MCC will require partner countries to incorporate the views of broad elements of their societies as they determine their priorities.
It focuses on results and establishes outcome-based standards for success up front.
It establishes accountability as a key operating principle and will monitor progress on an on-going basis.
Previous development assistance has involved these concepts with varying degrees of emphasis and success. The fact that all of them are key structural components of MCC makes MCC truly different—and, I believe, capable of making a real difference in the lives of millions. Let me elaborate briefly on some of these core elements of MCC’s approach. First, policy reform. Research has shown repeatedly that development aid produces the best results when it is targeted to countries that respect political and economic rights and freedoms, respect the rule of law, and pursue effective growth policies. Thus, MCC provides incentives for countries to adopt or maintain policies for governing wisely, investing in their own people and promoting economic freedom. Policy reforms in poor nations can provide opportunities for citizens to benefit from increased international trade and private capital flows, from the growth of their domestic economics, and from greater economic and political freedom. These reforms, in turn, can have a much greater impact than whatever MCC itself achieves.
President Bush told me personally that providing incentives for policy reform to our partner nations is a critical aspect of our new approach. MCC provides incentives for countries to change their policies, reward those that do, and assist them in achieving their development goals.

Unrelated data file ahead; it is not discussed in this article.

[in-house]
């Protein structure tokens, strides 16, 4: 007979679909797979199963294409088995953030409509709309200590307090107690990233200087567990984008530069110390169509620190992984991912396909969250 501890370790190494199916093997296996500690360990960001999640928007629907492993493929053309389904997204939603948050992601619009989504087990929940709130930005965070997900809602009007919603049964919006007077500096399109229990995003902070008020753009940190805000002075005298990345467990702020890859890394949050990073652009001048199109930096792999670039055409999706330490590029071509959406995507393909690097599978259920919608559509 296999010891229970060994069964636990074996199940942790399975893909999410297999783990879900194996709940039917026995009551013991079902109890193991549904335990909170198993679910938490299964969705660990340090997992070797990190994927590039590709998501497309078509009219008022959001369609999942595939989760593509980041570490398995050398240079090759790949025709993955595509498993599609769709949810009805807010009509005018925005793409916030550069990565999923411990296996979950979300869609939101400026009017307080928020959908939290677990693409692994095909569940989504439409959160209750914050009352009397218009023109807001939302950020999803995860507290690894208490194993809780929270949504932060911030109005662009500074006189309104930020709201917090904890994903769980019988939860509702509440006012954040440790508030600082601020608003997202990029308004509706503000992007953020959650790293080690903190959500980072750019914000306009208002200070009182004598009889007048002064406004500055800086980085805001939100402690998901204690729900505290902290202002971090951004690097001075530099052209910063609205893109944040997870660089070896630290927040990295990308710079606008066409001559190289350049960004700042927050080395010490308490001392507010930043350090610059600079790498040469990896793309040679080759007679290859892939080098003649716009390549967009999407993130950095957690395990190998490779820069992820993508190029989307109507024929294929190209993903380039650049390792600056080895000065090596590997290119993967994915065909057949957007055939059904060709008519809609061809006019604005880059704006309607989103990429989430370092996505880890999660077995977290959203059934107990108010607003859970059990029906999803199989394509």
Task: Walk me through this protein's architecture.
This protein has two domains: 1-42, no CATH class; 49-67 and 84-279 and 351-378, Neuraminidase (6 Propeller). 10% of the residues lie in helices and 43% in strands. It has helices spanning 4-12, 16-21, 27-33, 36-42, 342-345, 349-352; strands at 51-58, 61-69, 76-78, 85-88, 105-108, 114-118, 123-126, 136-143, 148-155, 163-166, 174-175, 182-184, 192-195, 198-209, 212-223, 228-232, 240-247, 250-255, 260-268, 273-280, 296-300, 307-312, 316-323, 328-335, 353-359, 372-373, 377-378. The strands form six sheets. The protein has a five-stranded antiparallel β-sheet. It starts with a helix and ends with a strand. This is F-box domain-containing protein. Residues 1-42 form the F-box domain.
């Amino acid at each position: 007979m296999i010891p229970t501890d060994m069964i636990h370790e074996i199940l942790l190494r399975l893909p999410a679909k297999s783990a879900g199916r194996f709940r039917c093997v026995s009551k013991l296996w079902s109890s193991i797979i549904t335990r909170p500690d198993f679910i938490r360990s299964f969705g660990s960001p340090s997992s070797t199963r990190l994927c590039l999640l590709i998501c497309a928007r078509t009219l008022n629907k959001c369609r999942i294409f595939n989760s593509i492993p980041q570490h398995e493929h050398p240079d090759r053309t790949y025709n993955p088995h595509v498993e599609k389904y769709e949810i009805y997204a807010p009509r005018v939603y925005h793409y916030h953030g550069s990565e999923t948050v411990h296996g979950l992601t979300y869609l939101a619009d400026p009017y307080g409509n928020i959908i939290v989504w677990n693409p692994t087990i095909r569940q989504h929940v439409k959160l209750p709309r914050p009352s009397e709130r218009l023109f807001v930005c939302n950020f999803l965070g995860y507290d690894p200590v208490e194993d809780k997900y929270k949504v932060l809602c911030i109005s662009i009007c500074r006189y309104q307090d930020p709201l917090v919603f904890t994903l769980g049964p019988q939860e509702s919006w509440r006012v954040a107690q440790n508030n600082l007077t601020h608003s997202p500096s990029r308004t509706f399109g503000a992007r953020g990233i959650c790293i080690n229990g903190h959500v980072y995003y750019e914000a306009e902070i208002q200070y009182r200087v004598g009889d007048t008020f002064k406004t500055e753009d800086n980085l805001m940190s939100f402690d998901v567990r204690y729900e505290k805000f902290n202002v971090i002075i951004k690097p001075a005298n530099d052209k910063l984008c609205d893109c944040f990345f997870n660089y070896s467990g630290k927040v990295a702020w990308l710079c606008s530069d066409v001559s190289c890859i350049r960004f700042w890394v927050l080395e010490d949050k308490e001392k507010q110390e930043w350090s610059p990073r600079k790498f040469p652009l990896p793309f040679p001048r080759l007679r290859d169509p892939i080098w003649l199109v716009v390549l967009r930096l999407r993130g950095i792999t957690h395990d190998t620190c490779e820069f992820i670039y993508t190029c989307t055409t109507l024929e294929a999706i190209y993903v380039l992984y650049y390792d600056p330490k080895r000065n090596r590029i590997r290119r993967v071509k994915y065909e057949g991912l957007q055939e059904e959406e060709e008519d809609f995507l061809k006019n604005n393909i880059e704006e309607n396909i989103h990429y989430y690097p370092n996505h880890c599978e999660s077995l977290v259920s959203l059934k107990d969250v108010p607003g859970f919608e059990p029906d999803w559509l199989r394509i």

Second, MCC will promote sustained economic growth. There are many legitimate purposes of development assistance, including disaster relief, food aid, and disease prevention. But over the years, the press of short-term needs has squeezed out attention onto long-term issues. Thus, MCC’s focus would include investments in agriculture, education, private sector and financial systems development, legal and regulatory reform, and enabling infrastructure. Our exclusive mission is to focus on the long-term challenge of assisting developing countries to escape their dependency status through self-sustaining economic growth.
Partnership is a critical third piece. This is a major change in the relationship between donors and recipient nations. Millennium Challenge Corporation will ask qualified nations: What are your development priorities? This positive, empowering approach gives partner nations ownership for their programs from the start, and then provides the financing they need.
Let me add that this partnership spirit should extend beyond MCC’s relationship with its partner countries. MCC has an extraordinary Board. USAID [the U.S. Agency for International Development], the State and Treasury Departments, and the U.S. Trade Representatives are each represented on MCC’s Board. All greatly contribute to MCC’s own expertise, experience, resources and country